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  • Criticism This leads to the assumption that Barristers need to come from wealthy middle-class backgrounds. The Bar has developed an aloofness from the general population.
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  • Control Over Barristers By Bar Council Benchers Who set training and investigate complaints. Legal Services Ombudsman may investigate complaints about the way the Bar Council has investigated a complaint.
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  • Complaints against Barristers A barrister cannot sue if their fees are not paid. Client cannot sue for breach of contract. Salif Ali v Sidney Mitchell & Co 1977) Held that a barrister could be sued for negligence in respect of written advice and opinions.
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  • Hall v Simons 2000 House of Lords held that lawyers could also be liable for negligence in the conduct of advocacy in court. This overruled Rondel v Worsley (1969)
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  • Complaints against Barristers Bar Standards Board can order barrister to pay compensation of up to 15,000. Senate of the Inns of Court can disbar a barrister from practising. Legal Services Ombudsman investigates complaints
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  • Criticisms of Training Process Financial problems. One year of formal law for non-law graduates. Over-supply of graduates. Michael Zander argues that both the academic and vocational stages of training should be improved. He argues that law degrees should include preliminary training in areas such as drafting documents and developing interview skills.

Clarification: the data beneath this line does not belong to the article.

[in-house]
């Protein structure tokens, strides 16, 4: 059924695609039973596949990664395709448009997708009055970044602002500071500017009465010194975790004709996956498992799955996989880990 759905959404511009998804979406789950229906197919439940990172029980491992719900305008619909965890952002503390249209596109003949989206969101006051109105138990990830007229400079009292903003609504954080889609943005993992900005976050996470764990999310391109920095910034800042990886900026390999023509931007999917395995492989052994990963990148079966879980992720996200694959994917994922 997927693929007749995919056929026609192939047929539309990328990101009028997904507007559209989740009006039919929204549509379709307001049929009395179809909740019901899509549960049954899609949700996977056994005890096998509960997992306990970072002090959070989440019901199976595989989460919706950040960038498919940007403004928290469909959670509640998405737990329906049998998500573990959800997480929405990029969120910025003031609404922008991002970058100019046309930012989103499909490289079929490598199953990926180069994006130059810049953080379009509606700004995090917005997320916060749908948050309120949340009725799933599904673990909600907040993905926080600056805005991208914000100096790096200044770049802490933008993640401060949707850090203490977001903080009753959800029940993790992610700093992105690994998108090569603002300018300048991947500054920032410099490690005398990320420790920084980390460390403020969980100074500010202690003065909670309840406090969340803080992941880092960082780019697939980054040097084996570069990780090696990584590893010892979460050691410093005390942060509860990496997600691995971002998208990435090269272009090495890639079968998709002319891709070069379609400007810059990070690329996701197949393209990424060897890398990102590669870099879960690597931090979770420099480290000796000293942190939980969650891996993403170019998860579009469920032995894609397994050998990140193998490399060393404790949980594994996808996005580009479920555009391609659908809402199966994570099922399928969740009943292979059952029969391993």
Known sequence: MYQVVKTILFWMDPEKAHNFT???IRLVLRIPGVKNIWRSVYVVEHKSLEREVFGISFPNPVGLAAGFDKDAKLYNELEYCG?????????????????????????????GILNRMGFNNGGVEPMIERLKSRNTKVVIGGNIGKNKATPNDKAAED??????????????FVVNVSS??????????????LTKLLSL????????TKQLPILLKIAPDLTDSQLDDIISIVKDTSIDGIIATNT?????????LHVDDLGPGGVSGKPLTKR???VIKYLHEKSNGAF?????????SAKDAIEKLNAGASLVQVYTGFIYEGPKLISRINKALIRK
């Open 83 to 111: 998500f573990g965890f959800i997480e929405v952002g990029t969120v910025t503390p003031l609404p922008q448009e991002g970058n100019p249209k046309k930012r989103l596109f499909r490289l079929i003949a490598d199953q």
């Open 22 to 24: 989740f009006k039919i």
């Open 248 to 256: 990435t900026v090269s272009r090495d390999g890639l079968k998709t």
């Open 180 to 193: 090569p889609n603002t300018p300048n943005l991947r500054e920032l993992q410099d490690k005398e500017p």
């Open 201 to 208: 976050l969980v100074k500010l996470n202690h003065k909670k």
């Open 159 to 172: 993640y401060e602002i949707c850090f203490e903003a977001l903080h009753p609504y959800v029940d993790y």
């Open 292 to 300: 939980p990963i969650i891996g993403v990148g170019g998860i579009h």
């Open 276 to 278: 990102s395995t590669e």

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  • Zander further argues that both pupillage and training contracts can be infinitely variable in quality ranging from excellent to deplorable depending on where they are undertaken .
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  • Fusion Fusion used to be a major debate. However, the Courts and Legal Services Act 1990 and the Access to Justice Act 1999 mean that barristers and solicitors can take a case from start to finish. Under the AJA 1999 barristers have a right to do litigation (preliminary work in starting a case). Solicitors now have wider rights of advocacy in all courts
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  • Legal Services Act 2007 What is the role of the Legal Services Board? What provisions are made for complaints about legal services? What provisions are made for alternative business structures?
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  • Women and ethnic minorities Legal profession has an image of being white and male dominated. However, over half of the entrants to the profession are now women. Despite this, only 10% of QCs are women and only 23% of solicitors partners are women Why is this?